Signia can also brag about their rechargeable option on the Nx platform: the Pure Charge&Go. Unlike several other manufacturers that require the purchase of alternate battery doors and rechargeable batteries to retrofit their current MFi hearing aids, Signia can brag about their integrated wireless inductive charging system. This means exact placement of the aids on the charger is not required and there are no electronic contacts to maintain. Even the charger for the aids is sleek and non-obtrusive. Charge&Go hearing aids should reportedly have a daily runtime of 19 hours without streaming, and 17 hours with 5 hours of direct Bluetooth streaming. While a full charge doesn’t last a full 24 hours, it certainly covers the daily wear time of an average hearing aid user (16 hours).
They didn’t stop at an integrated rechargeable option. The very first CROS device to provide direct streaming is the Signia CROS Pure 312 Nx. The CROS is compatible with any Nx device except the Pure 10 (yes, this includes the Charge&Go). There is literally an option on this line for almost anyone.
Now that I’ve hyped up the Signia Nx, I have to keep it real. There is a significant drawback to the receiver-in-the-ear styles: no T-coil. There is an option to change the standard battery door on the behind-the-ear Motion to one with an integrated T-coil, but this does not come standard. It is not an option for any other Nx style.
Overall, I am thoroughly impressed so far by Signia and their new Nx line. I can’t give it a perfect score due to the absent T-coil in the R-I-C models, but the Charge&Go model, a direct streaming CROS, and OVP and TeleCare in every style make this a new go-to MFiPhone option. 4.5 out of 5 ears!
Sabrina Marciante, AuD
How can Vestibular Physical Therapy Help with Parkinson's Disease?
Get moving EARLY and take control! Parkinson’s does not affect everyone the same way and it is important to find the right plan that works for your individual needs. A physical therapist, trained in the treatment of people with movement disorders, can help listen to you and teach you the skills required to overcome and even prevent physical and cognitive barriers. Even if you are not experiencing many symptoms, you will benefit from an exercise program that will help minimize loss of function and mobility in the future. You will also develop long term exercise habits to help with change in the future.
What should you expect from an evaluation with a physical therapist?
It is important to seek out a physical therapist that has experience working with people who have Parkinson’s. Together you will review your medical history and medications. A physical therapist can also perform movement screens that may expose early signs or symptoms that you may or may not be aware of. Testing will include an assessment of range of motion, strength, balance, coordination, posture, walking, and endurance. Next you will work together to set up goals that fit your specific needs to improve or maintain function.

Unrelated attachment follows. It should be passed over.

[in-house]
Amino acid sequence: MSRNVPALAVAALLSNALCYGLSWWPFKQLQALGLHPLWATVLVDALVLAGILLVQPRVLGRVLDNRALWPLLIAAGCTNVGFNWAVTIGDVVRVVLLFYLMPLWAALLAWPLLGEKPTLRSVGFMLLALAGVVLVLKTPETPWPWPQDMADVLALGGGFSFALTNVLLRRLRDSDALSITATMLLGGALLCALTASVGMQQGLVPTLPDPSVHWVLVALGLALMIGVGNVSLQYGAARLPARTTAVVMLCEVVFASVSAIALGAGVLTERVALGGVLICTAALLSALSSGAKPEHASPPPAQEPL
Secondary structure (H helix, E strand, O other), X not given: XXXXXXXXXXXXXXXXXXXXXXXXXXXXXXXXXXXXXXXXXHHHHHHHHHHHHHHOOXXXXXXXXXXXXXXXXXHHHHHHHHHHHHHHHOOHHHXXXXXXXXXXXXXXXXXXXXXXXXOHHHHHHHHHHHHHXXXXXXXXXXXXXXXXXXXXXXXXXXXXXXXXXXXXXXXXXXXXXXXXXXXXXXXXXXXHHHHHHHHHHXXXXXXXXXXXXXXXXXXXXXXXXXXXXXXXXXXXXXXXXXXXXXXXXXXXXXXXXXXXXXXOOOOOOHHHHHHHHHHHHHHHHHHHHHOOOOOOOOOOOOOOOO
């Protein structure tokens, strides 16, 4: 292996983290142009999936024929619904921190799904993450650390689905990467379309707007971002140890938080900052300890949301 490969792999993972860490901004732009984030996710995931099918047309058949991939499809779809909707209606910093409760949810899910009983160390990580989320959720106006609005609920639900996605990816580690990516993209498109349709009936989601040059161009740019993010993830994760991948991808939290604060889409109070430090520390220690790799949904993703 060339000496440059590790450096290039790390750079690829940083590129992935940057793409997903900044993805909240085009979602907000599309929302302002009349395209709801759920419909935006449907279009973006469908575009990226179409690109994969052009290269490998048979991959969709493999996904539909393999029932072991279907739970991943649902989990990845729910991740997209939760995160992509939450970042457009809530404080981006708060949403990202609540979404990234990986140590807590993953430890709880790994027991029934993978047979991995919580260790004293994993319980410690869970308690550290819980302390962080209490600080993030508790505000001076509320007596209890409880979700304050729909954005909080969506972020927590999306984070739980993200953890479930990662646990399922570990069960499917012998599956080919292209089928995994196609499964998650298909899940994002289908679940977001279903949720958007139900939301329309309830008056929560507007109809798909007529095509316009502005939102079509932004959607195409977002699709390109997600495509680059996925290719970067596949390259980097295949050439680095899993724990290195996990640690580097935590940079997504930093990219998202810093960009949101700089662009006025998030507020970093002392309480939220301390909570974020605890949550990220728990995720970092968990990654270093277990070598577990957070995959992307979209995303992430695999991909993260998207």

You want to learn more about how physical therapy can help you?
Call and speak with me! I would be happy to answer any questions or concerns you have.
What do I need to do before getting evaluated by a physical therapist?
Speak with your neurologist, movement disorder specialist, or primary care physician about a referral for physical therapy. Or if you need help with the process, call a physical therapist and ask for advice on how to speak with your doctor.
Concussion Baseline Testing: What Is It and Why Should We Do It?
Baseline testing should be done during pre-season. Ideally, it should take place prior to practice. Testing will be performed by a trained health care professional, such as a physical therapist who specializes in concussion management, or a trained athletic trainer. The purpose is to assess the athlete’s brain and balance function prior to injury. The information and scores gathered from baseline testing can later be used as a comparison if there is a suspected concussion. It can also help guide safe return to school and return to sport during rehabilitation. The assessment includes tests for learning, memory, concentration, and balance. It is important for the health care professional to be made aware of and note any history of prior concussion.
The ImPACT™ test is the most widely used and research validated computerized concussion evaluation system. ImPACT™ testing is a baseline screening tool that can be used prior to the start of the season and if there is a suspected concussion. It is a computerized nuerocognitive tool that will assess for attention span, working memory, attention time, response variability, problem solving, and reaction time. It will generate a score that will assist a licensed healthcare provider in evaluating the athlete for a suspected concussion and managing treatment. It is important to remember ImPACT™ testing is one tool used to assist the healthcare team in properly identifying concussion and tracking recovery, but it does not diagnose concussion and does not act as a substitute for medical evaluation and treatment.